I welcome any Redwall book because the ones I've doubted and felt weren't going to be all that good I've been proven wrong about (Martin The Warrior, Marlfox, Legend Of Luke).

We'll just have wait and see what Brian comes up with next I guess.

Martin the Warrior
February 28th, 2004, 09:01 PM
Originally posted by Keyla
I think I can see what Mariel is getting at. "(The) Taggerung" had Cregga, much to my joy, but it's not quite the same as seeing Mariel and Dandin come back for "The Bellmaker".

And Russano. ;)


In "Lord Brocktree" the only character we had previously seen in the flesh was Russano and he was only there to frame the story. Of course you might say Brocktree had been spoken of before, but that is by no means the same thing.

Russano is all we need, though-- of course, there's also Ripfang, depending on where you fall on that particular issue (I found Brian's post-book denials that it wasn't the same character to be rather weak, myself).


Of course "The Legend of Luke" saw the return of the "Mossflower" gang, but "Marlfox" before it only had Cregga returning, if I remember correctly.

Nutwing, the child of Orocca, would also qualify as a returning character-- and I'd wager there were a few babes from TLP that also showed up, though I haven't checked yet (Sloey, perhaps?). Establishing it as the time period immediately following Arven's reign as Abbot also helped give it that semi-familiar feel.

I'll grant that it's not the same as using the same cast again, ala Mariel's generation and Matthias' generation, but with virtually every story carrying a few characters over, I welcomed the completely new casts of Triss and Loamhedge. ;)

Keyla
February 29th, 2004, 08:13 AM
How could I forget Russano, Sloey and Orocca?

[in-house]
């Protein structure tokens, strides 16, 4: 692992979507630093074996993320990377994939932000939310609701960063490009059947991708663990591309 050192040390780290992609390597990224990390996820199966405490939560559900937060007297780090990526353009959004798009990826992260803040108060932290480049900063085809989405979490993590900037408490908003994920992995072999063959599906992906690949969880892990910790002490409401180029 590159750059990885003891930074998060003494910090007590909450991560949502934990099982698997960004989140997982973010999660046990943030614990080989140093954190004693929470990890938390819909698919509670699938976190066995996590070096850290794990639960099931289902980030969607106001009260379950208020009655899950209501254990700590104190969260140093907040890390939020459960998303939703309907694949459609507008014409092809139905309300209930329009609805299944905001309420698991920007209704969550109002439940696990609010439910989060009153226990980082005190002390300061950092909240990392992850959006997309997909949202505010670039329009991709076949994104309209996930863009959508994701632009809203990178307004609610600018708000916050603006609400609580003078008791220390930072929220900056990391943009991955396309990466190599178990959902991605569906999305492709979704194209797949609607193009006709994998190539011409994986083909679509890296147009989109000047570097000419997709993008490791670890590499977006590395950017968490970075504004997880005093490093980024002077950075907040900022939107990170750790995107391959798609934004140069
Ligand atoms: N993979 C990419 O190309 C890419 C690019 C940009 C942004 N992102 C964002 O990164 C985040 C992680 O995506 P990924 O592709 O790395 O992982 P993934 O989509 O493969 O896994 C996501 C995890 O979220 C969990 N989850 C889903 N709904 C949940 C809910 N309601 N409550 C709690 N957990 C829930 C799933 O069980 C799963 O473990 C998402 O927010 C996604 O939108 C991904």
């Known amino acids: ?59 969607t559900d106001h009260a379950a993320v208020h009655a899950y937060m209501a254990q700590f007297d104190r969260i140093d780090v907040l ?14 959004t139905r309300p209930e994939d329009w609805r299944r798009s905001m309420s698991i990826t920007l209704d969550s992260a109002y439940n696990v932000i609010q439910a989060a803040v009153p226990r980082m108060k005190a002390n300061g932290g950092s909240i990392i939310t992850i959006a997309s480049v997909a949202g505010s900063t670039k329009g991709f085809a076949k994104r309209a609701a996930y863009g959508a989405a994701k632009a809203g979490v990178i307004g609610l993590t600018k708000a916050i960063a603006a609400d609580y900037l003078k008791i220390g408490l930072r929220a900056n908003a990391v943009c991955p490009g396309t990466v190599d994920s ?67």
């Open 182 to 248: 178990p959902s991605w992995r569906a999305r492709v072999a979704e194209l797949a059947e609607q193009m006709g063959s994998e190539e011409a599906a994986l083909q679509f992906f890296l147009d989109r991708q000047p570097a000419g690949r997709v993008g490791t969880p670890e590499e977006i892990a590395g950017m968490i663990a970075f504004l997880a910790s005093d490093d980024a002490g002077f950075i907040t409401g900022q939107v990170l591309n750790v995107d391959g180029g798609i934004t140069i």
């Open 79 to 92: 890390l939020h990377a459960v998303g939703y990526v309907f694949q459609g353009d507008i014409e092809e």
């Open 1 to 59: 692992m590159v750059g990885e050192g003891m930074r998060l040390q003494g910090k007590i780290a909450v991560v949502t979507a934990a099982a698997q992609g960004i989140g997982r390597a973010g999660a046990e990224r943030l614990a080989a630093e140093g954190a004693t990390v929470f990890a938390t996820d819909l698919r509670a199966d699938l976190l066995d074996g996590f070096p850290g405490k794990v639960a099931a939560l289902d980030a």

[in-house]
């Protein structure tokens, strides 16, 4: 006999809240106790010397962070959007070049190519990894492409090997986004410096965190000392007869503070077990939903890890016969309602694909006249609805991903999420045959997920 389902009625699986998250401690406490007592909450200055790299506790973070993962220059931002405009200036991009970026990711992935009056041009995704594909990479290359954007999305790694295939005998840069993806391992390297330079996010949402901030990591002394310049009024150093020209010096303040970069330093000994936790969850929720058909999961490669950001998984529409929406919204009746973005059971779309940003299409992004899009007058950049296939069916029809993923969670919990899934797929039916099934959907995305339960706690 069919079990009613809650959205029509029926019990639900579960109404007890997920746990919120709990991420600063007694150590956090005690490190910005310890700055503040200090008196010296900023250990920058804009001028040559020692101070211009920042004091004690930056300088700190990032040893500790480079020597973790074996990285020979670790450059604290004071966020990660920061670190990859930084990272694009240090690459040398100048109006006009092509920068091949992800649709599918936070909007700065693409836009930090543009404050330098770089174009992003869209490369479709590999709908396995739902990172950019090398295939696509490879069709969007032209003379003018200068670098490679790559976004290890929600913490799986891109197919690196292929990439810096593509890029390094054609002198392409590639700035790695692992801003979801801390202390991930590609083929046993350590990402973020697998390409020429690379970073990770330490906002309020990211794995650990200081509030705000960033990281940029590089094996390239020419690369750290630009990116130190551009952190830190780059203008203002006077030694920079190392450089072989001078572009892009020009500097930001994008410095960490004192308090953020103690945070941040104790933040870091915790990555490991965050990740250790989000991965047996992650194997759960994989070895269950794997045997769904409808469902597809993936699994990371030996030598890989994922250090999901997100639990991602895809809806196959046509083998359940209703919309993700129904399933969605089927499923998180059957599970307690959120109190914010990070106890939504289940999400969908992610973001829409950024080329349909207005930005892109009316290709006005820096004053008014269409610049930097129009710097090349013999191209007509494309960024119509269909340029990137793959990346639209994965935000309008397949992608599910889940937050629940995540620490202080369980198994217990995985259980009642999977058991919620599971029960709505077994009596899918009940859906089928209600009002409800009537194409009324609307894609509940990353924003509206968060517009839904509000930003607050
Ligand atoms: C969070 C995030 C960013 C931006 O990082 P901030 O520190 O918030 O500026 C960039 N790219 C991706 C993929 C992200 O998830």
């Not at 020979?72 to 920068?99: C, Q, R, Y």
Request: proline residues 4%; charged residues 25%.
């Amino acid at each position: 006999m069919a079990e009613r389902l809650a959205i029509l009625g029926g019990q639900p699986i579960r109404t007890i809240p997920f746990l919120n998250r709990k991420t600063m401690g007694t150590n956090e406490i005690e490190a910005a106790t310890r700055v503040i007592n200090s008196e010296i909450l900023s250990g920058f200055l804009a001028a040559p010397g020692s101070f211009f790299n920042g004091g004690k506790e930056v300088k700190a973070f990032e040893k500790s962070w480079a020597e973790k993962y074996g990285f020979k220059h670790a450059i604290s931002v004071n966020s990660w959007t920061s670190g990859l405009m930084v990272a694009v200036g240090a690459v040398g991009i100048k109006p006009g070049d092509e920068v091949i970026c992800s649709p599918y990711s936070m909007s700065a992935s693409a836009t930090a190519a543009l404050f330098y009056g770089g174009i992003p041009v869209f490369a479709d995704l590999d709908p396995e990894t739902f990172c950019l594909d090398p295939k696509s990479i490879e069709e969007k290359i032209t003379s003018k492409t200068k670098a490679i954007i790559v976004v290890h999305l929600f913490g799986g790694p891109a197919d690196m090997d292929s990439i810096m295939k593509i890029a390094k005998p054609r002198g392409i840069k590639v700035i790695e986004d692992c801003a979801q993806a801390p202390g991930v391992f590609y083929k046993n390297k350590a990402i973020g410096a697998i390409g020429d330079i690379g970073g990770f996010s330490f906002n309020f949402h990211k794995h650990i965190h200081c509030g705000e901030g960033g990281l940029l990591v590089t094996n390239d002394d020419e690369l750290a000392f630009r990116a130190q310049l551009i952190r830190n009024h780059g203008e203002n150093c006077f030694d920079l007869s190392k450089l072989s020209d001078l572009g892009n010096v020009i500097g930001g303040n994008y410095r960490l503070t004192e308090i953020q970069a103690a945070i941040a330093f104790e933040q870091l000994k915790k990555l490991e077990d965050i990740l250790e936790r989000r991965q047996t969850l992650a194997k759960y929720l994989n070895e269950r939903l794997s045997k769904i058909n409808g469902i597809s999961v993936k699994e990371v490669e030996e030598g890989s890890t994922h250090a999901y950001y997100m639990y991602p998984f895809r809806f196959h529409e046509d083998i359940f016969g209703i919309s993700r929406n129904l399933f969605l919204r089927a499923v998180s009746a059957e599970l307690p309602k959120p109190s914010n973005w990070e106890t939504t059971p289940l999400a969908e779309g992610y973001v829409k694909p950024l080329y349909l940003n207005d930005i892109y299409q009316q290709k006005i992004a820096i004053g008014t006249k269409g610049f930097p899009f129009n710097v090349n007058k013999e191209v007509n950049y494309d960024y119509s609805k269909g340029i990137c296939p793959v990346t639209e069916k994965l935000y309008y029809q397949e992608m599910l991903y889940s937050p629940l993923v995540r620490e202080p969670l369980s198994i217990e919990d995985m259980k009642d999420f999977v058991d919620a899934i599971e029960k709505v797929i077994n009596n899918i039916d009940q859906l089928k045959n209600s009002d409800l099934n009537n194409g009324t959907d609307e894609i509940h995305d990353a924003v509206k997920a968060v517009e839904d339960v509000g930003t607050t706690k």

I welcome any Redwall book because the ones I've doubted and felt weren't going to be all that good I've been proven wrong about (Martin The Warrior, Marlfox, Legend Of Luke).
I know what you mean, although often it is because people have told me that it was not any good beforehand.

t@gg :)
March 9th, 2004, 02:32 PM
I like history tales.

Sandstripe the Wild
March 12th, 2004, 11:08 PM
Originally posted by Martin the Warrior
[B]And Russano. ;)


Nutwing, the child of Orocca, would also qualify as a returning character-- and I'd wager there were a few babes from TLP that also showed up, though I haven't checked yet (Sloey, perhaps?). Establishing it as the time period immediately following Arven's reign as Abbot also helped give it that semi-familiar feel.


Friar Butty also made a return appearance in Marlfox as the abbey recorder, I believe Sloey was also there as cheif healer along with a couple of other characters including her mole friend whose name I can't remember.

LordTBT
March 12th, 2004, 11:46 PM
He can keep going back. I prefer history stuff over present stuff. All the present time tales seem to be alike. Some sort of vermin is always trying to invade the abbey. History tales mix it up, most do involve sea-faring baddies though. But its a bit more different that:

bad guys: "argh theres the abbey, lets break in and kill the creatures there" "yeah"

good guys: "oh no bad guys, and theres no defender here! what will we do? Oh i know that dibbun will grow up and change from an annoying child into a mature adult and save us and defeat the bad guys"

good guys come up with clever schemes and defeat bad guys. redwall is saved. the end.

Wild Doogy Plumm
August 11th, 2005, 10:05 PM
I think its interesting to have any theories you have made proved right or wrong as the novels keep coming, unraveling Redwalls past. BJ could write 50 more novels explaining the past, but our imaginations will do the explaining for us, because no matter how many books he writes, there will be no definite beginning or end.

Ember Nickel
August 12th, 2005, 03:31 PM
Welcome, Doogy! Forum policy is not to resurrect old posts, but now that this has been resurrected anyhow I'd like to say that I definitely prefer carry-over characters to Triss, Loamhedge, Rakkety Tam etc. It almost feels like BJ is afraid to carry over anymore so he's doing entirely new casts, which is boring. I would not, however, like to hear about the first badger lord/lady, that would feel like ruining something.

stoatmaster54321
August 23rd, 2005, 02:31 PM
yeah :mad: ...er, i mean :( ....er, i mean :)